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Barolo is a red wine made with nebbiolo grapes grown in and around the town of Barolo, from which the wine takes its name, and another 11 communes that make up the wine producing region, located in the Langhe, near Alba in Piedmont, with the five most important and vocated areas being Barolo, La Morra, Castiglione Falletto, Serralunga d’Alba, and Monforte d’Alba with la Morra’s Barolos considered the most perfumed and elegant. .
The Barolo “disciplinare”, the regulation that specify the wine making process and lists the characteristics the wine should have, from alcohol content to yield, states that a Barolo wine not only must be 100% Nebbiolo grown in the area, but also aged for at least 38 months of which 18 in wooden barrels. Barolo wines can be bottles as “riserva” when the wine has been aged for at least 62 months, with a least 18 in wooden barrels. Barolo is only set aside and labelled as “Riserva” in great vintages whilst in poor vintages, good winemakers often "declass" the wine and bottle it as Nebbiolo. The exact ageing and type of barrel is left to the winemaker and varies considerably between vintages and wine makers.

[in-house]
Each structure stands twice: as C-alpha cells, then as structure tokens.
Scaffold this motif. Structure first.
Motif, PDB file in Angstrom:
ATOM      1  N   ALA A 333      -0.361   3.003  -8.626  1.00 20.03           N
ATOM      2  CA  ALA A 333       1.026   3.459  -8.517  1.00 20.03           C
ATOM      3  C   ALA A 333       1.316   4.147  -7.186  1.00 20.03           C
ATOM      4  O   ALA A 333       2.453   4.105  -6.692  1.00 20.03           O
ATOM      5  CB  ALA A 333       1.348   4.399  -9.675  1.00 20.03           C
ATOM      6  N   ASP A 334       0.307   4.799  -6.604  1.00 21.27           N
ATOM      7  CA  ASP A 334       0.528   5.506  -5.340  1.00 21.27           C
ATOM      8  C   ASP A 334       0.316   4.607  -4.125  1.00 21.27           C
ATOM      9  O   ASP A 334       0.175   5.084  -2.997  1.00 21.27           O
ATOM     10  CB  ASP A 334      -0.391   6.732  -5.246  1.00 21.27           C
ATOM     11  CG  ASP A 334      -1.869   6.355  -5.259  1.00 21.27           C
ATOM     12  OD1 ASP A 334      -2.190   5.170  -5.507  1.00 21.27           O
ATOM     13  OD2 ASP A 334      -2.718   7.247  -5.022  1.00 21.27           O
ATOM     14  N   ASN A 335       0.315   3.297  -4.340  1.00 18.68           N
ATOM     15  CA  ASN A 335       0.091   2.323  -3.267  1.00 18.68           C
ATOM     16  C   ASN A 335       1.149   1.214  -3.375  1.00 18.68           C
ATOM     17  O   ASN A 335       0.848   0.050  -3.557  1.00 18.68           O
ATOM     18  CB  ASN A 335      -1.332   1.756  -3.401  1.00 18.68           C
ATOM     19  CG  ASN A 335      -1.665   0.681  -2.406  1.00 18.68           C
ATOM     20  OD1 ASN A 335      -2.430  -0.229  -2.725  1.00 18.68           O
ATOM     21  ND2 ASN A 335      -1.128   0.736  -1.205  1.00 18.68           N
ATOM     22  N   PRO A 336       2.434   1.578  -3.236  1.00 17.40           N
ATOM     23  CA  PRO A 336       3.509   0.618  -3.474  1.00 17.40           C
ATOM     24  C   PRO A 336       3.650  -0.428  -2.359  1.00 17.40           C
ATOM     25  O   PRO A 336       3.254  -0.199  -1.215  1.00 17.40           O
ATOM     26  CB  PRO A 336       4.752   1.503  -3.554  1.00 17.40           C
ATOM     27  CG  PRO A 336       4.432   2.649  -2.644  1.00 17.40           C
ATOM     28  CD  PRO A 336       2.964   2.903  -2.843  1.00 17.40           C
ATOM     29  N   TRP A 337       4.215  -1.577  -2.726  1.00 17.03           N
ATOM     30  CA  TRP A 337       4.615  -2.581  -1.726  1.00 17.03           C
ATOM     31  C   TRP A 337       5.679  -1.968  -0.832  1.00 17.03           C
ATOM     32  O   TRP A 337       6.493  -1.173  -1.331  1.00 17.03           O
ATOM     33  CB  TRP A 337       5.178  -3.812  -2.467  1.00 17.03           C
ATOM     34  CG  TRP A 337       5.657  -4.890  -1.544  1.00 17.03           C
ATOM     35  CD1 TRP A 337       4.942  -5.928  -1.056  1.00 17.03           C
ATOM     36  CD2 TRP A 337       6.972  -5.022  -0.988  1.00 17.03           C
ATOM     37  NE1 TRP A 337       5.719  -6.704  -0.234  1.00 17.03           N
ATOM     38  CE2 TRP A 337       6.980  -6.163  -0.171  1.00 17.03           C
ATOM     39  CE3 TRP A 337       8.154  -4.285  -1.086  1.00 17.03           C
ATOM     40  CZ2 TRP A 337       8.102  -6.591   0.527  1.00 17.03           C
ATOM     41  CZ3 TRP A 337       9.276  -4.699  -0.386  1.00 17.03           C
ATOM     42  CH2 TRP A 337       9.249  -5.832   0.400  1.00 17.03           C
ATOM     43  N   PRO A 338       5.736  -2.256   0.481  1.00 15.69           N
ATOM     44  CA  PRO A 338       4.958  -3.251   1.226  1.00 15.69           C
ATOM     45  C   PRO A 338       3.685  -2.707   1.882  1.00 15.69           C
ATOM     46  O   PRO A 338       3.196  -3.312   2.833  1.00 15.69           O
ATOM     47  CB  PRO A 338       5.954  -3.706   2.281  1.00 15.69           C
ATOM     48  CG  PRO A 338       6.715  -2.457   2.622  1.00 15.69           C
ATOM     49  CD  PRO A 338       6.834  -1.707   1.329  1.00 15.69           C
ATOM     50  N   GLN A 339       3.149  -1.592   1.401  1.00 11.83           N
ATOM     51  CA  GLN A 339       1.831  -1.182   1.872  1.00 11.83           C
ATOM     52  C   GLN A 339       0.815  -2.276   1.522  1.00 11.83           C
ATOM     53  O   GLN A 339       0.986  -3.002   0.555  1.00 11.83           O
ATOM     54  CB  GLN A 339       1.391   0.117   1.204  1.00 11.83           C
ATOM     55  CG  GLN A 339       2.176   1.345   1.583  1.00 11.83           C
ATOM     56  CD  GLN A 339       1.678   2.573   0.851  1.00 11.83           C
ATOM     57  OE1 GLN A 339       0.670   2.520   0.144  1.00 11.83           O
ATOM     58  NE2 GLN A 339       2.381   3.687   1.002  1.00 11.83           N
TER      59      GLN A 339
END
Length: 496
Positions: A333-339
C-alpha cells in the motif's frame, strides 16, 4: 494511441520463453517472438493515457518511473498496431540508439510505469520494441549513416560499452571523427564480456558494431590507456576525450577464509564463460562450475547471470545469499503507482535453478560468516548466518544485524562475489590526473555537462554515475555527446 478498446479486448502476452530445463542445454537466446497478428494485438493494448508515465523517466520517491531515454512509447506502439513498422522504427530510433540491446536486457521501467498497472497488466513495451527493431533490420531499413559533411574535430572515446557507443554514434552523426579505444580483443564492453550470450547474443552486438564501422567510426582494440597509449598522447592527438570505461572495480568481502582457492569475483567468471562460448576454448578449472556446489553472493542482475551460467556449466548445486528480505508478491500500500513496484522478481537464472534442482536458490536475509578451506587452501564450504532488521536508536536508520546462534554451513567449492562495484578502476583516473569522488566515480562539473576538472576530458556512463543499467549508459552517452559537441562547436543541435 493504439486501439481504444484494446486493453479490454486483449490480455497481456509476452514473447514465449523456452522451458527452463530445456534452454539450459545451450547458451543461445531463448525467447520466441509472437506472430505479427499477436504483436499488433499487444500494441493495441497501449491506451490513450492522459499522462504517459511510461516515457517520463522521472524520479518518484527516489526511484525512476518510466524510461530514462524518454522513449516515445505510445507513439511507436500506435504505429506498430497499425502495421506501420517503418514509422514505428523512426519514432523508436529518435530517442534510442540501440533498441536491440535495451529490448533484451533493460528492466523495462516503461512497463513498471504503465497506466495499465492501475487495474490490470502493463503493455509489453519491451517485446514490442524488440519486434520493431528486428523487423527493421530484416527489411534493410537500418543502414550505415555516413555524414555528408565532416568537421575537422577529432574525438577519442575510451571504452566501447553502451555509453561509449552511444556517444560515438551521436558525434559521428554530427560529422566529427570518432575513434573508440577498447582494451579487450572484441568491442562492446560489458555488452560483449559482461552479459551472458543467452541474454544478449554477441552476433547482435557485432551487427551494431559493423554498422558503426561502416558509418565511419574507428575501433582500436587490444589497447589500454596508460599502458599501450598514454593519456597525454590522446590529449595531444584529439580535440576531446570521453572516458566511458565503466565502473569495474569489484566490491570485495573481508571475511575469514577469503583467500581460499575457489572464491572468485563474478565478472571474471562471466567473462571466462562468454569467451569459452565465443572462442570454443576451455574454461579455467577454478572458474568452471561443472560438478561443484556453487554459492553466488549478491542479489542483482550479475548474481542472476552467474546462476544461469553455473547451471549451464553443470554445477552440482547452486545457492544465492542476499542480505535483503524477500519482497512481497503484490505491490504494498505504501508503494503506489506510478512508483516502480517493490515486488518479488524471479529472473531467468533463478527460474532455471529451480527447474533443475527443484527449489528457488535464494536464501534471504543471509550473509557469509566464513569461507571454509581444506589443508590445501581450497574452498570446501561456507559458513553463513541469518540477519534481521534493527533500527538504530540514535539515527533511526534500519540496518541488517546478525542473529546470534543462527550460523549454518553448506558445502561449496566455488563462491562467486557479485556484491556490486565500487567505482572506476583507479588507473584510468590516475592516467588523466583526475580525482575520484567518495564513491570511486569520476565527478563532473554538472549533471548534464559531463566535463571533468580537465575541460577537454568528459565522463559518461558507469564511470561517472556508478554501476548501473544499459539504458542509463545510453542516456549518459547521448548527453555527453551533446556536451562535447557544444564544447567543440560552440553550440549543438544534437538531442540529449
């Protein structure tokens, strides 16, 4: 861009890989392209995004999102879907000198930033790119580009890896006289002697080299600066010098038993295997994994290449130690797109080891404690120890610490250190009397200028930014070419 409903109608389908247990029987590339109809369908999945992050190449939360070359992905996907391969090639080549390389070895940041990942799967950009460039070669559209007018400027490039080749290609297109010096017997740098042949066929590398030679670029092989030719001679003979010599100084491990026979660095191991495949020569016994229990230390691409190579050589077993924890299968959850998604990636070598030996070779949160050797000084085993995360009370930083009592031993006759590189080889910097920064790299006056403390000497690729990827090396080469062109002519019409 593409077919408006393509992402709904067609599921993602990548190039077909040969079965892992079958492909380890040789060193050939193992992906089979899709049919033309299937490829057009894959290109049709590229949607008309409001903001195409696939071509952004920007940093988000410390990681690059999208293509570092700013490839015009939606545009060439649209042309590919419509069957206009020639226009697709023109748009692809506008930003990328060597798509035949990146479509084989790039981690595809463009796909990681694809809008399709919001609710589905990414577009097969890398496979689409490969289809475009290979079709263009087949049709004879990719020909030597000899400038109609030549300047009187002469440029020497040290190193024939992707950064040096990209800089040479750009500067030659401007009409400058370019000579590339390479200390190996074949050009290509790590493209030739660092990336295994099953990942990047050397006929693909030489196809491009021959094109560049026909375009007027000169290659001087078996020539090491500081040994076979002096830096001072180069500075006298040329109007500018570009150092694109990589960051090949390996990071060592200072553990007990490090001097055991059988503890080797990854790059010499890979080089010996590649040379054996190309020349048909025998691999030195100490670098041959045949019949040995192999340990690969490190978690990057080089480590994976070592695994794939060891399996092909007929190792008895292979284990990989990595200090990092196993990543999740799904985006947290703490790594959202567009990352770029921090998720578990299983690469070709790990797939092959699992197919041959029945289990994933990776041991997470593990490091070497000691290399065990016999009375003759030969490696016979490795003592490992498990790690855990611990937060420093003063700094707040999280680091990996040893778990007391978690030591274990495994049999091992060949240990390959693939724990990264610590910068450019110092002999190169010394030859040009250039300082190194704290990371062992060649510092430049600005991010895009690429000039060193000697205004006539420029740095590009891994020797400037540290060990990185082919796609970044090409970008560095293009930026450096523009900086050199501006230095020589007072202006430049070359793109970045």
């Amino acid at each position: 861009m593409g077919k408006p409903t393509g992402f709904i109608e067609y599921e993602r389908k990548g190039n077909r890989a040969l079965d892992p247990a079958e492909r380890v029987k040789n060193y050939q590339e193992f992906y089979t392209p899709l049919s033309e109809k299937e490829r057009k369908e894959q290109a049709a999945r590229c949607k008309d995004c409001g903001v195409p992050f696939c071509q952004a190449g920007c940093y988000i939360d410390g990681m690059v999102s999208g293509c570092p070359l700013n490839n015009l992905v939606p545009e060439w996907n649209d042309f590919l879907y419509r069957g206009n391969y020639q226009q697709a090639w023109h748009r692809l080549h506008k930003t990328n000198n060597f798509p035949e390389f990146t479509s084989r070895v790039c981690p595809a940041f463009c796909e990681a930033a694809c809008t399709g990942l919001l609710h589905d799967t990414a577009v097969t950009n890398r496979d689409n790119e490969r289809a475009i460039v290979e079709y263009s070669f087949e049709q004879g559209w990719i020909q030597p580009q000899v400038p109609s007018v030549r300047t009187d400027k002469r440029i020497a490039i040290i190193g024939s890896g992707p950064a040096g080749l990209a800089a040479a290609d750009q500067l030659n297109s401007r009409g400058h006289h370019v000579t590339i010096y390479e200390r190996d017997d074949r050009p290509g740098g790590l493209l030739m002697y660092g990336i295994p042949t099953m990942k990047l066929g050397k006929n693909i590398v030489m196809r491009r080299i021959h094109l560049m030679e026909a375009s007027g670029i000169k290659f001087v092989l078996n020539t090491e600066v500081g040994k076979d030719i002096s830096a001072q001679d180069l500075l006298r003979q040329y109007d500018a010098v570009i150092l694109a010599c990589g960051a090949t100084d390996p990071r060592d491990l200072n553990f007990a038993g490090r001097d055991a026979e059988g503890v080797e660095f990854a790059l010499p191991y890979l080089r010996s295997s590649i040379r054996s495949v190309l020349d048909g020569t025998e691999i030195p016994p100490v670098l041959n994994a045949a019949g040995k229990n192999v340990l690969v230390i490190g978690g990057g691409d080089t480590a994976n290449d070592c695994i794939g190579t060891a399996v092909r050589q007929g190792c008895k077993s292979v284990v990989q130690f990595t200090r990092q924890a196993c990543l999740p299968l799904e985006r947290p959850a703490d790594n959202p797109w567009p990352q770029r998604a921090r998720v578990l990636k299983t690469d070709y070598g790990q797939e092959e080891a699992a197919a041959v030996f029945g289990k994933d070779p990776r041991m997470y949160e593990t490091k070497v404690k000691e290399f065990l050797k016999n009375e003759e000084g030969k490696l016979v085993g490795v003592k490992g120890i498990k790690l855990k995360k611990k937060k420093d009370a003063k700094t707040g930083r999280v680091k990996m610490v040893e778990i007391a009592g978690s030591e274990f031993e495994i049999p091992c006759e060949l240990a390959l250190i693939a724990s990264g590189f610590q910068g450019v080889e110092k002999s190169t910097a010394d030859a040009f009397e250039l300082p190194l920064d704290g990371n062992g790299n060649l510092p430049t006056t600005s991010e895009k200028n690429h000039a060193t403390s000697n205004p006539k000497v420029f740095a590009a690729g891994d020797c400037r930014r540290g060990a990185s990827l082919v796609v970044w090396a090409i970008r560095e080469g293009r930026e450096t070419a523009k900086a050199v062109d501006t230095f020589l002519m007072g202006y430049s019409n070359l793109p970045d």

Barolo, often referred as the king of Italian wines, was one of the first Italian wines to be granted the DOCG status and it is one of the most known and appreciated Italian wines.
Barolo is an elegant and full-bodied red wine, with high acidity and tannins and suited for long ageing, for the Barolo vintage chart see the Wine Spectator site.